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JavaServer Pages, conclusion


If you've taken a look at J2EE and JavaServer Pages technology, and want to examine JSP more closely, you've come to the right place. This article is the second of two parts, excerpted from chapter three of Beginning J2EE 1.4 From Novice to Professional, written by James L. Weaver, Kevin Mukhar, and Jim Crume (Apress, 2004; ISBN: 1590593413).

Author Info:
By: Apress Publishing
Rating: 4 stars4 stars4 stars4 stars4 stars / 17
November 10, 2005
TABLE OF CONTENTS:
  1. · JavaServer Pages, conclusion
  2. · The config Object
  3. · Try It Out: Using JavaBeans in JSP Pages
  4. · Translation and Compilation
  5. · The Deployment Descriptor
  6. · Including and Forwarding from JSP Pages
  7. · Summary

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JavaServer Pages, conclusion - Summary
(Page 7 of 7 )

In this chapter, we've taken a tour of many of the basic features of JSP pages. With the information in this chapter, you should be able to easily begin creating JSP web applications of your own. After completing this chapter you should have learned:

  • JSP pages consist of HTML data, also known as template data, and Java code.
  • You can specify an error page for a JSP using %@page errorPage=""% . Error pages are used to provide a meaningful error page to a user when something bad happens to the web application.
  • You can import Java packages for the page using <% pageimport="" %>.
  • Java code is included in the page using a declaration <%!declaration %>, a scriptlet <% scriptlet %>, or an expression <%= expression %>. These elements allow you to mix Java code with the template data in the page.
  • JavaBean instances can be created using the <jsp:useBean> standard action; properties of the bean can be set using <jsp:setProperty>; and the value of a beans properties can be obtained using <jsp:getProperty>. JavaBeans are one way to encapsulate business or domain logic so that JSP pages can be used primarily for presentation.
  • Various implicit objects such as request, response, out, session, and so on, are always available to the JSP to help process a request. The session object is particularly useful because it enables the web application to keep track of user information. One example of the usefulness of this is an e-commerce application that needs to keep track of a users shopping cart.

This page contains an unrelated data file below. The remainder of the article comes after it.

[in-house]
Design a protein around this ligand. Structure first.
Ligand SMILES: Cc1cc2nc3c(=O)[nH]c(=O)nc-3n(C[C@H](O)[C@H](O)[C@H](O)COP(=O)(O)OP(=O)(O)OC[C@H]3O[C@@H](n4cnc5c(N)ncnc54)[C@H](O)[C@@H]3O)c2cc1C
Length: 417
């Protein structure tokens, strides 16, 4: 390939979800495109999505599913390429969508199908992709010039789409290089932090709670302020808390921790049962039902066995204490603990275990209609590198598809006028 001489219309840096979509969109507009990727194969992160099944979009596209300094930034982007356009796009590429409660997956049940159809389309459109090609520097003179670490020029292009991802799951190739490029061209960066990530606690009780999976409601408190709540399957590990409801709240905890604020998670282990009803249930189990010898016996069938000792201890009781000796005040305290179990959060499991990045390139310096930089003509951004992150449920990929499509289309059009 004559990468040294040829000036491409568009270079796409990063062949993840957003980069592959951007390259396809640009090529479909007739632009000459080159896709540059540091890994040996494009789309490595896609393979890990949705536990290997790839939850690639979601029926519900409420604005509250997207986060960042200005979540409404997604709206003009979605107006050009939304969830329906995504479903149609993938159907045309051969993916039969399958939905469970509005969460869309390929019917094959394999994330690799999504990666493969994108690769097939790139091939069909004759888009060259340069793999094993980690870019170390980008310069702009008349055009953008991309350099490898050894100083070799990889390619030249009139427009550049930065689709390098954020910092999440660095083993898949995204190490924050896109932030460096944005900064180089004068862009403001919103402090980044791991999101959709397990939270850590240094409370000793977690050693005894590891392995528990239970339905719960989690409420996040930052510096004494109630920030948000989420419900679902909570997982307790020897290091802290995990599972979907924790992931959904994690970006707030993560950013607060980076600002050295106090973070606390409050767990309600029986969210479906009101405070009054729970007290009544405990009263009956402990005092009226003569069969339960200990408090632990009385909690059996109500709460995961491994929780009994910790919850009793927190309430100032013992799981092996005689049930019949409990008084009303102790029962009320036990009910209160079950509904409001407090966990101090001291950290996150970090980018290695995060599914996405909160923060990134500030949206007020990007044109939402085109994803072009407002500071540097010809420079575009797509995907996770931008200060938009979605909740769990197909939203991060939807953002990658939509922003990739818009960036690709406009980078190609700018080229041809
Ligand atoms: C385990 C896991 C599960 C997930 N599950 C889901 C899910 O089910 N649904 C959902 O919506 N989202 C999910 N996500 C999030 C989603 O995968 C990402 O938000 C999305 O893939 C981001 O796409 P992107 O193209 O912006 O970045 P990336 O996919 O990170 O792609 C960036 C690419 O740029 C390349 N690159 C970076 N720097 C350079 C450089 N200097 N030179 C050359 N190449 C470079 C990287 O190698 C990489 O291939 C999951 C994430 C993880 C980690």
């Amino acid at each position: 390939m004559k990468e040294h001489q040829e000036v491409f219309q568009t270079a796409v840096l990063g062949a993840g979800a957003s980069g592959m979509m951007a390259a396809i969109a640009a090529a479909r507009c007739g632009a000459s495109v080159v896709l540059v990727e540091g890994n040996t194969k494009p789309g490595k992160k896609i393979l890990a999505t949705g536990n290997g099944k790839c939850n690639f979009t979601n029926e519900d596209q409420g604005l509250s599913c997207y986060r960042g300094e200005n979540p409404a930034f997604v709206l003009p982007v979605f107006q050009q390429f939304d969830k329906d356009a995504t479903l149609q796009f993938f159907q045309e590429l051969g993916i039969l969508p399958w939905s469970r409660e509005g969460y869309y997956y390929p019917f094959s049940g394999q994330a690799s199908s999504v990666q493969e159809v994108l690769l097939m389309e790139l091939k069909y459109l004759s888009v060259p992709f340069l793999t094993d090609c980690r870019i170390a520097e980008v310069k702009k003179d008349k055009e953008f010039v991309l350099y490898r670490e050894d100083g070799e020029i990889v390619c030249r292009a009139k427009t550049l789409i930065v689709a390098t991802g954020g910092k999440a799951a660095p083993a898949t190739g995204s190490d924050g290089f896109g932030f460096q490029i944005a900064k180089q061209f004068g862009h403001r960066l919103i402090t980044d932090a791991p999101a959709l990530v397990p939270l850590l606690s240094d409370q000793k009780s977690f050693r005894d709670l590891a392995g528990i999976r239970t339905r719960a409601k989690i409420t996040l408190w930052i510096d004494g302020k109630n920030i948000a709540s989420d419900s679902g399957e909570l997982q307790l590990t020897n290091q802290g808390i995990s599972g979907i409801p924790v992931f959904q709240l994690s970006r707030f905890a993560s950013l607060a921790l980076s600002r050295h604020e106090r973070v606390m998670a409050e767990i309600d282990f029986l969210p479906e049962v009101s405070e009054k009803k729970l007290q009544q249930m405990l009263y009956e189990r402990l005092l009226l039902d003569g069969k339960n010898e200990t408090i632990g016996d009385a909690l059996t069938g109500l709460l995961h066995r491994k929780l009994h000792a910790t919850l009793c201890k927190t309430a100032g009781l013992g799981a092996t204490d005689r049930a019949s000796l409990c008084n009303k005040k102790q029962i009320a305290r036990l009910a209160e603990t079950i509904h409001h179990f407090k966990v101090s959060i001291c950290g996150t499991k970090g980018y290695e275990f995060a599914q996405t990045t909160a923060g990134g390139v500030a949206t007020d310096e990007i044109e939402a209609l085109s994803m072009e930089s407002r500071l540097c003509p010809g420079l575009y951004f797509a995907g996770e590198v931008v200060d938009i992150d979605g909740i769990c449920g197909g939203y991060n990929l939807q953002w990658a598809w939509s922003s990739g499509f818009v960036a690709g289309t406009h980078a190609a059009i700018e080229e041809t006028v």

• Servers translate and compile JSPs into Java classes that behave like servlets.
  • You can specify error handlers for the entire application using the <error-page> element in the deployment descriptor.
  • A JSP can include the output of other JSPs or servlets in the response to clients. This is done through the <jsp:include> standard action.
  • A JSP can forward a request to another JSP or servlet for processing. This is done through the <jsp:forward> standard action.

Thats quite a lot. All these features put together allow application developers to create dynamic and powerful web applications that can be used for many purposes from chat rooms to e-commerce, from virtual communities to business applications. However, you may have noticed that as the examples in this chapter became more dynamic, more featured, they also tended to have more and more Java code interspersed in the JSP pages. This tends to be a problem because web page developers are often not Java developers.

What would be ideal is a way to create JSP pages that hide the Java code from the page developers. This would allow the page developer to concentrate on the format and structure of the markup, and leave Java developers free to work on only the Java code. There are several ways to do this, and we will see some of them in the next chapter, where we explore some of the new JSP features introduced in the latest version of the JSP specification.

 

 


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